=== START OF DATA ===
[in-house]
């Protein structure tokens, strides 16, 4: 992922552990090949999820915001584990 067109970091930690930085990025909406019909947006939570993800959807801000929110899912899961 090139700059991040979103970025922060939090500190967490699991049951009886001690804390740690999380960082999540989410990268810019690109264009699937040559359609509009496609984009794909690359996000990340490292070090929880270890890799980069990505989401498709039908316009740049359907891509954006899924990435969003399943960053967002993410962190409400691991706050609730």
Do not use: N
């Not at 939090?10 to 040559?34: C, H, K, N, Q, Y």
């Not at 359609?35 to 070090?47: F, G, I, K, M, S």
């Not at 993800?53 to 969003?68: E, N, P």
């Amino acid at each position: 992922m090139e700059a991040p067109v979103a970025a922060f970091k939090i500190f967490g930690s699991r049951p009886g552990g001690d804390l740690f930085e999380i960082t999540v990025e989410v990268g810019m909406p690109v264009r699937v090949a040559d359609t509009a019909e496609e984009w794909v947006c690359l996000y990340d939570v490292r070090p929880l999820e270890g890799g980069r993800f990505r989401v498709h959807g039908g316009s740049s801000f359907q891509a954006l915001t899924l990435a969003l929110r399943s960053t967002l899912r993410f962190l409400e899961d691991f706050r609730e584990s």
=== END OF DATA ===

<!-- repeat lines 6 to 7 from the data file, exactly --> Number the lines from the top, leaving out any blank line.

């Not at 993800?53 to 969003?68: E, N, P």
């Amino acid at each position: 992922m090139e700059a991040p067109v979103a970025a922060f970091k939090i500190f967490g930690s699991r049951p009886g552990g001690d804390l740690f930085e999380i960082t999540v990025e989410v990268g810019m909406p690109v264009r699937v090949a040559d359609t509009a019909e496609e984009w794909v947006c690359l996000y990340d939570v490292r070090p929880l999820e270890g890799g980069r993800f990505r989401v498709h959807g039908g316009s740049s801000f359907q891509a954006l915001t899924l990435a969003l929110r399943s960053t967002l899912r993410f962190l409400e899961d691991f706050r609730e584990s």